A TULIP is A TULIP is A TULIP – Program 1

By: Dr. Thomas O. Figart; ©2012
Total Depravity of man, Unconditional Election, Limited Atonement, Irresistible Grace and Perseverance of the Saints (TULIP) are collectively known as the five points of Calvinism. With this article Dr. Figart begins a series on the five points, comparing them with Scripture.

John Calvin, one of the greatest Reformed theologians, was born in Noyon, France on July 10, 1509, and died in Geneva Switzerland in 1564 at the age of 55. His parents were devoted Roman Catholics. John was converted through study of the New Testament while still in the Roman Catholic Church. He was 24 years of age at the time. By the time he was 30 he had published his Institutes of the Christian Religion; the first draft in 1536, at age 27 and the greatly enlarged edition in 1539 at age 30!

Calvin himself never enunciated the Five Points of Calvinism; in fact, articles have been written along the lines of “Was Calvin a Calvinist?” It was not until 1619, some 55 years after his death, that the Synod of Dordt (in Holland) met in the city of Dordtrect as the national synod of the Reformed Church of the Netherlands, and published the Canons of Dordt. These Canons were a doctrinal treatise of five points, namely, Total Depravity of man, Unconditional Election, Limited Atonement, Irresistible Grace and Perseverance of the Saints. Some time after the Synod of Dordt this five point anagram was used by Dutch Reformed theologians as TULIP. One statement was made as to how appropriate it was that Dutch theologians coined this acrostic, in view of the fact that Holland is noted literally for the abundance of beautiful flowers “of the same name.”

The reason for calling the Synod of Dordt was that Jacob Hermann (or, Arminius, as his name is known from the Latin) had stated his own “five points” in a series of lectures as professor of theology at the University of Leyden. He lived from 1560-1609, and a year after his death his followers published the Remonstrance of 1610, which outlined the Five Points of Arminianism as a protest to Calvinism, and presented these to the State of Holland in 1618. Therefore the National Synod of the Church was convened in Dordt, and after 154 sessions the five points of Arminianism were declared to be heretical.

In the final analysis, it is not sufficient to take either interpretation of these five points as absolute; one should examine each area of truth and ask, “What saith the Scriptures?” In doing so, several things must be kept in mind. First, what are proper scriptural definitions of the theological terms used? Second, is the interpretation of each doctrine based on Scripture, or is it based on a purely logical system from which conclusions are drawn? Third, the pertinent passages dealing with the subject should be consulted, not just those which favor one side of a controversy. Finally, care must be taken to differentiate between doctrines which refer to salvation and those which refer to the Christian service of the individual.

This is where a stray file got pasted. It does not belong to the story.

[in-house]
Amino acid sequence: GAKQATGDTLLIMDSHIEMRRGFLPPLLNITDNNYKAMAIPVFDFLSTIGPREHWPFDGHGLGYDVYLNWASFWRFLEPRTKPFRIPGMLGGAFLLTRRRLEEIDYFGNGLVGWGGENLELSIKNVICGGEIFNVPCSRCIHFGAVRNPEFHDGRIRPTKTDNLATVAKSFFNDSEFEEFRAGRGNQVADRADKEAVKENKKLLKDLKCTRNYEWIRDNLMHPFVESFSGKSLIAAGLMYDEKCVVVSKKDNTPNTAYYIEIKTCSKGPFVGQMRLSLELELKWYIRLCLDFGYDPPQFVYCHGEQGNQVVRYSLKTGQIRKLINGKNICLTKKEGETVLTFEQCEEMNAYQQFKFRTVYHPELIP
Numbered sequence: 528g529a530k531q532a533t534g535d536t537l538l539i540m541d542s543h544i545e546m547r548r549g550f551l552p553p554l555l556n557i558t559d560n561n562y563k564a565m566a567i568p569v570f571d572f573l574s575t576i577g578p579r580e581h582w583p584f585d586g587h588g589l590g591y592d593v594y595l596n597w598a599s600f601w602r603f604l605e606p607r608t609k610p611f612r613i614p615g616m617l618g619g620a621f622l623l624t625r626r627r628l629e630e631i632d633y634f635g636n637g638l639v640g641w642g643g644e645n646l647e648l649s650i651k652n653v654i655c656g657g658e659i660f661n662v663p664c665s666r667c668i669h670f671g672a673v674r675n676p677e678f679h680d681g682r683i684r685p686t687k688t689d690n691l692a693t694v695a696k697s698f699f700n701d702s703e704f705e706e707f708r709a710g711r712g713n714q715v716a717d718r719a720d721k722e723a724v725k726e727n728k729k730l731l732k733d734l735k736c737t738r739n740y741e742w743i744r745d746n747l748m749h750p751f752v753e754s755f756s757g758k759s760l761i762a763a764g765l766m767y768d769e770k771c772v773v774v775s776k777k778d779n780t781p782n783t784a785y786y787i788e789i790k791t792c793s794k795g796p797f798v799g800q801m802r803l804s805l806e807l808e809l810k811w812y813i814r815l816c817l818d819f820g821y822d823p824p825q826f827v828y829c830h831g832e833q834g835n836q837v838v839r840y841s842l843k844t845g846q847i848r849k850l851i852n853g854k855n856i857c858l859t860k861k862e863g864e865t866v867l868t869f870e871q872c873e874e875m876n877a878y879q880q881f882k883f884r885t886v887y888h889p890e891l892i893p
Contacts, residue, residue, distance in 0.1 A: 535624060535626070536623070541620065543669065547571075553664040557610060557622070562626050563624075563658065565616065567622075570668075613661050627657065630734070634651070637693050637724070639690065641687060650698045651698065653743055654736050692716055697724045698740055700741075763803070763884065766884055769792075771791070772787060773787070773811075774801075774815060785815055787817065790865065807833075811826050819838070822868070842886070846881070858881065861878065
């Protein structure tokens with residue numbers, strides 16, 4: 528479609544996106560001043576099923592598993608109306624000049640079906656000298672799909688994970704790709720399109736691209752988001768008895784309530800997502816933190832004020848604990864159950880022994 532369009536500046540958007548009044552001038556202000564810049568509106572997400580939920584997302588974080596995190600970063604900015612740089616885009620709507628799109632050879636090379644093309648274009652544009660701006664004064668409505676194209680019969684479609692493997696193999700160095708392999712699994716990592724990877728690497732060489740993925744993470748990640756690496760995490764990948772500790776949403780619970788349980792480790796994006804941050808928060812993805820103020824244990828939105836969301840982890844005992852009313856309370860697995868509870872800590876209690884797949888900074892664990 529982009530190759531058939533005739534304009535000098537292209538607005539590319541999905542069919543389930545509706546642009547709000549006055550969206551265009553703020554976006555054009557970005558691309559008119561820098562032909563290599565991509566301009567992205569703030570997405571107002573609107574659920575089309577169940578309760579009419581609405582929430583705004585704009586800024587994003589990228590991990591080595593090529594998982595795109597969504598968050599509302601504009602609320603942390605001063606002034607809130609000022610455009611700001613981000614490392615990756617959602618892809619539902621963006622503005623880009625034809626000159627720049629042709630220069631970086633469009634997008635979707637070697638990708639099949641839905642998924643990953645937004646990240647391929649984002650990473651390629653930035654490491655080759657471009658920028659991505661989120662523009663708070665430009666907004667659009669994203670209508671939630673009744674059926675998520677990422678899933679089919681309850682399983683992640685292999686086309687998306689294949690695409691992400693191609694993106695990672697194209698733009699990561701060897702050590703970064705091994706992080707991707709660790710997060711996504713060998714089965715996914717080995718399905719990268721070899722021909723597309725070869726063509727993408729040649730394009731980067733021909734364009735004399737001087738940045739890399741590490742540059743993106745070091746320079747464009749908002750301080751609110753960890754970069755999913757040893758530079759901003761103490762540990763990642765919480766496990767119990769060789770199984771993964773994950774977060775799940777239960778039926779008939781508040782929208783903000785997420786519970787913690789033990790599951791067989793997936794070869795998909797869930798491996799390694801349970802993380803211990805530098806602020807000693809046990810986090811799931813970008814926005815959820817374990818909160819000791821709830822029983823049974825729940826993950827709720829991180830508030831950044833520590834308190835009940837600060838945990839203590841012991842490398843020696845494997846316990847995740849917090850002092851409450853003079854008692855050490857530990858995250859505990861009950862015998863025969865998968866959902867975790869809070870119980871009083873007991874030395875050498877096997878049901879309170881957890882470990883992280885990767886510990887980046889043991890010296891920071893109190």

Before discussing the five points of Calvinism individually, their collective logic should be considered:

  1. Total Depravity of Man. When Adam and Eve sinned they brought all of mankind under sin, spiritually dead, and thus totally depraved. They define this as man’s total inability to even believe in Christ until he is first regenerated, that is, given new life, including the gift of faith.
  2. Unconditional Election. Since only the regenerate can believe, God, in sovereign grace, before the foundation of the world, elected some to be saved. This election was unconditional, strictly apart from any involvement of man’s will to believe.
  3. Limited Atonement. Those whom God elected would be the only and specifically ones for whom Christ died; therefore His Atonement for sin was limited to that group. They and they alone were predestined before creation to be saved by His death and resurrection.
  4. Irresistible Grace. Logically, then, in the outworking of the plan of salvation, God provided for grace to be given to those who were to be saved. By His Spirit He would draw each one of the elect unto Himself through grace which could not and would not be resisted, the elect having been given the ability and desire to exercise the gift of faith, given to them through regeneration. Eventually, all the elect would believe and be saved.
  5. Finally, those who believe must of necessity persevere unto the end, proving that their faith is truly of God, and their salvation is real. It is unthinkable that any of the elect will not persevere until the end.

Now, among others, some of the questions to ask are these:

  1. Is this logical sequence Scriptural?
  2. If unsaved mankind has no will of his own to believe, is God responsible for those who spend eternity in hell?
  3. Can salvation be eternal if it depends on the saints persevering to the end?
  4. If a person must be regenerated, or born again, before he can believe, then how is it possible and why is it necessary to preach “Ye must be born again” to those who have already been born again before they have believed in Christ?

These and other questions will be considered as each of the five points is discussed. According to this five point logic, A TULIP is a TULIP is a TULIP! In other words, would ULIP be enough to be a TULIP, or merely LIP, or anything less? Is it possible to be a four-point, three-point Calvinist, or less? The answer would have to be NO; the five points must stand together or they will fall apart! Again, the real question to both Calvinism and Arminianism is, “What saith the Scriptures?”

Read Part 2

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